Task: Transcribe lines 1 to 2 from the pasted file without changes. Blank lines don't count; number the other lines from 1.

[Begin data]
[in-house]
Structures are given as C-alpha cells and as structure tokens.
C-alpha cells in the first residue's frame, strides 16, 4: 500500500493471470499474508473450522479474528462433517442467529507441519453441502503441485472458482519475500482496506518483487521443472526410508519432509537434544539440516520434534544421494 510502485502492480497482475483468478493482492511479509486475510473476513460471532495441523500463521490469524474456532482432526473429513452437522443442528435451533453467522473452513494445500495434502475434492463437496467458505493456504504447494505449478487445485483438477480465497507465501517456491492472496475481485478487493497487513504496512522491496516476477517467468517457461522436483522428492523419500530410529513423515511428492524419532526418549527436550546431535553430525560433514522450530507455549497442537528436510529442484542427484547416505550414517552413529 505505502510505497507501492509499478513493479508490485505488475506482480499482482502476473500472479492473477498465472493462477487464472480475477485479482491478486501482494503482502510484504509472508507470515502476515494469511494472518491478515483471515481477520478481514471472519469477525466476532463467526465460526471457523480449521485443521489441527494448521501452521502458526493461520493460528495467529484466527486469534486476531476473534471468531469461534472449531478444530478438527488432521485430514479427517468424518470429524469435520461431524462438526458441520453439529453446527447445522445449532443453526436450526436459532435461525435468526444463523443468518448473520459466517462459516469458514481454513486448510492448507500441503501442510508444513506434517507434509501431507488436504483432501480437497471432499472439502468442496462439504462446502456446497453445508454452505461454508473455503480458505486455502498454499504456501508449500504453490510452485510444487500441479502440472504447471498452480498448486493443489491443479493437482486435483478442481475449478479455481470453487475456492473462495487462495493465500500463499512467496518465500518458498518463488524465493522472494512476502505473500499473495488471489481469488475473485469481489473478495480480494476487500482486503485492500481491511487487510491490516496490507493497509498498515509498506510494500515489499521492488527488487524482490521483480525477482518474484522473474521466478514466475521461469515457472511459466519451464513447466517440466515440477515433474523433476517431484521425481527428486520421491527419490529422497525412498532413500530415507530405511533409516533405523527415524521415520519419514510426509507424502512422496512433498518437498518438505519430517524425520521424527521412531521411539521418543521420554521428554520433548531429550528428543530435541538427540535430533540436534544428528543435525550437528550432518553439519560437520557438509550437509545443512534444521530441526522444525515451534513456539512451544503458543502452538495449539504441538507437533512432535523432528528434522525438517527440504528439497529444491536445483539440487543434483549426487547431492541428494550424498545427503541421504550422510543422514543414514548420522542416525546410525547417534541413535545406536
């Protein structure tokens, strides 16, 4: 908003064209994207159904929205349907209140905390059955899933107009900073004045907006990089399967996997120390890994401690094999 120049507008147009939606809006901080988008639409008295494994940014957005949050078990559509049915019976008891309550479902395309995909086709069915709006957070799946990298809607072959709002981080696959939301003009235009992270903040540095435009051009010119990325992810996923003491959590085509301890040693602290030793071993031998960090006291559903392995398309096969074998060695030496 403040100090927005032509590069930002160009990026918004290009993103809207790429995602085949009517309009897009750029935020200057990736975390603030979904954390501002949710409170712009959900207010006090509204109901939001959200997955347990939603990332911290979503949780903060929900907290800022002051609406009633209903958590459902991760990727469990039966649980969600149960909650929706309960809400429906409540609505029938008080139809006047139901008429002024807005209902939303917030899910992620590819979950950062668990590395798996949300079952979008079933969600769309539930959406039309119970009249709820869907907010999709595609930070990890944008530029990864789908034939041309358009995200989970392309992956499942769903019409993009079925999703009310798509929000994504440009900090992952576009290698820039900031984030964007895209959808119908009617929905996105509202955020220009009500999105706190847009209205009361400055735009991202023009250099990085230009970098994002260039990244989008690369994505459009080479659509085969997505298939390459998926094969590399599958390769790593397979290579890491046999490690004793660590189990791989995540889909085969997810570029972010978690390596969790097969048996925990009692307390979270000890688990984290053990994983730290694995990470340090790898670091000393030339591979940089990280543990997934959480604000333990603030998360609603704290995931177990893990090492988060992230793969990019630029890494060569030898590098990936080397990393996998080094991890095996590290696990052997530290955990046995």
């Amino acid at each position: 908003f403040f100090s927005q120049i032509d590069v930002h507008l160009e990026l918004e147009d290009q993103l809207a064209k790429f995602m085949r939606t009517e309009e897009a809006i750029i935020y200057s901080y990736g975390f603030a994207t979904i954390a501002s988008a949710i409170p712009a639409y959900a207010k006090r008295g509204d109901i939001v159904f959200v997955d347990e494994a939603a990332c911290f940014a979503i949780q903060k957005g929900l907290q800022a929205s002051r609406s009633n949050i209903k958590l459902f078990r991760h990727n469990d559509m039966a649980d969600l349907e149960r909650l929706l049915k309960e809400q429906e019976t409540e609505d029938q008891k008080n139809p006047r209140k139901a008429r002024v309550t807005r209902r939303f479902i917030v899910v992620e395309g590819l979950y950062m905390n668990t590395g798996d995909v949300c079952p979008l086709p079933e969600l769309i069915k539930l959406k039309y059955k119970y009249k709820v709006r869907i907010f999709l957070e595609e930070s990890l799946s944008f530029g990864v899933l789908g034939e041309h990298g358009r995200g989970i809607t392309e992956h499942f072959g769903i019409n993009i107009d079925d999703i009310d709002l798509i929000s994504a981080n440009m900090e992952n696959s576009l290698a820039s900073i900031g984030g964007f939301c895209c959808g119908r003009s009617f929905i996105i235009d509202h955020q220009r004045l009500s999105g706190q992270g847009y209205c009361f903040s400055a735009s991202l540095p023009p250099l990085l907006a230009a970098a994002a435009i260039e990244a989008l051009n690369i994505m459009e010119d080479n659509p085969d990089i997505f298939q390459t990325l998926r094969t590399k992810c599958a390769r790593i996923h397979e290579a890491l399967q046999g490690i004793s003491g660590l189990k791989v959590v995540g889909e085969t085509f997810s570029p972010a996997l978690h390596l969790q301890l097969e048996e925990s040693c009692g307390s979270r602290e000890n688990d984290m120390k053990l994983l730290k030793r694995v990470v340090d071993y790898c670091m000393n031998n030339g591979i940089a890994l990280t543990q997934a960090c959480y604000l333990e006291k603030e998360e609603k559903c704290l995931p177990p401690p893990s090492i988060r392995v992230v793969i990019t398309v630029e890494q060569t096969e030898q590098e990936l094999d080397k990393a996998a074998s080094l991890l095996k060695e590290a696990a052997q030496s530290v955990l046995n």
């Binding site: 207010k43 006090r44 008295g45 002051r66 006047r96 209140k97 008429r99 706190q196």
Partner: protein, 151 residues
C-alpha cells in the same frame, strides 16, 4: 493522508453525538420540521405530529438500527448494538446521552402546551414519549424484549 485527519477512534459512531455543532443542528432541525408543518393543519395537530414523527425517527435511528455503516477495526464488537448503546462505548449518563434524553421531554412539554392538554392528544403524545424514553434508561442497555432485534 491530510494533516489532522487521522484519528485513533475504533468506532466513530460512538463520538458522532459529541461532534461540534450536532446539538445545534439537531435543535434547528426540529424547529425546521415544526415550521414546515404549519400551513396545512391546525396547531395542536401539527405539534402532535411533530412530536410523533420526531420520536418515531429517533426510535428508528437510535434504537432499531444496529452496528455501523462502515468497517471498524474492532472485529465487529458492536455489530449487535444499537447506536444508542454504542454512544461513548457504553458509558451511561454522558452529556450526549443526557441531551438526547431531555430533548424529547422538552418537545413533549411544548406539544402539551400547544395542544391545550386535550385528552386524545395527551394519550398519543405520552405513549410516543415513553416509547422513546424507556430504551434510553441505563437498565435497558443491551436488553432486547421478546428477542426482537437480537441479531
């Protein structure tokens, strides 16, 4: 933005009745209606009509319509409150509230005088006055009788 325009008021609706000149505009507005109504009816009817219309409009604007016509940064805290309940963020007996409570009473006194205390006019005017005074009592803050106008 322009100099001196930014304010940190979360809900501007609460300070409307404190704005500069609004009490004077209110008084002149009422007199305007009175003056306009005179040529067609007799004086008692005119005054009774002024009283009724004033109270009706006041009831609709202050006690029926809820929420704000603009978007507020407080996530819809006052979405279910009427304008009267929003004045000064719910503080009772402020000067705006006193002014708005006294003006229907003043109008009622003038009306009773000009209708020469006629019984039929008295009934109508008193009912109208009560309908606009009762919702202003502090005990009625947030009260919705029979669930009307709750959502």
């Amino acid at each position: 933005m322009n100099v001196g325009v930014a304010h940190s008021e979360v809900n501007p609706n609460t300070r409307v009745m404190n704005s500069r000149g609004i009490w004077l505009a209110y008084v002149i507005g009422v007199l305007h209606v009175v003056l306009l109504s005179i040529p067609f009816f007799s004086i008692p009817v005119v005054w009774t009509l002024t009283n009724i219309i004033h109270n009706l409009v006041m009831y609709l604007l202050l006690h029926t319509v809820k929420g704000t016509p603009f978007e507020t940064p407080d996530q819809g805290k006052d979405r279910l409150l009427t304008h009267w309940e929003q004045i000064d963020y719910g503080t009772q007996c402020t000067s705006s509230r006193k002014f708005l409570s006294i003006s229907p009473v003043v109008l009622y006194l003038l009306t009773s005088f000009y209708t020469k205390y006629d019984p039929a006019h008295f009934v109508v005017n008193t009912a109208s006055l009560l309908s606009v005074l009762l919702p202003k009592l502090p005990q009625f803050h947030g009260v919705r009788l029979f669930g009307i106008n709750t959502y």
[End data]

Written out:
[in-house]
Structures are given as C-alpha cells and as structure tokens.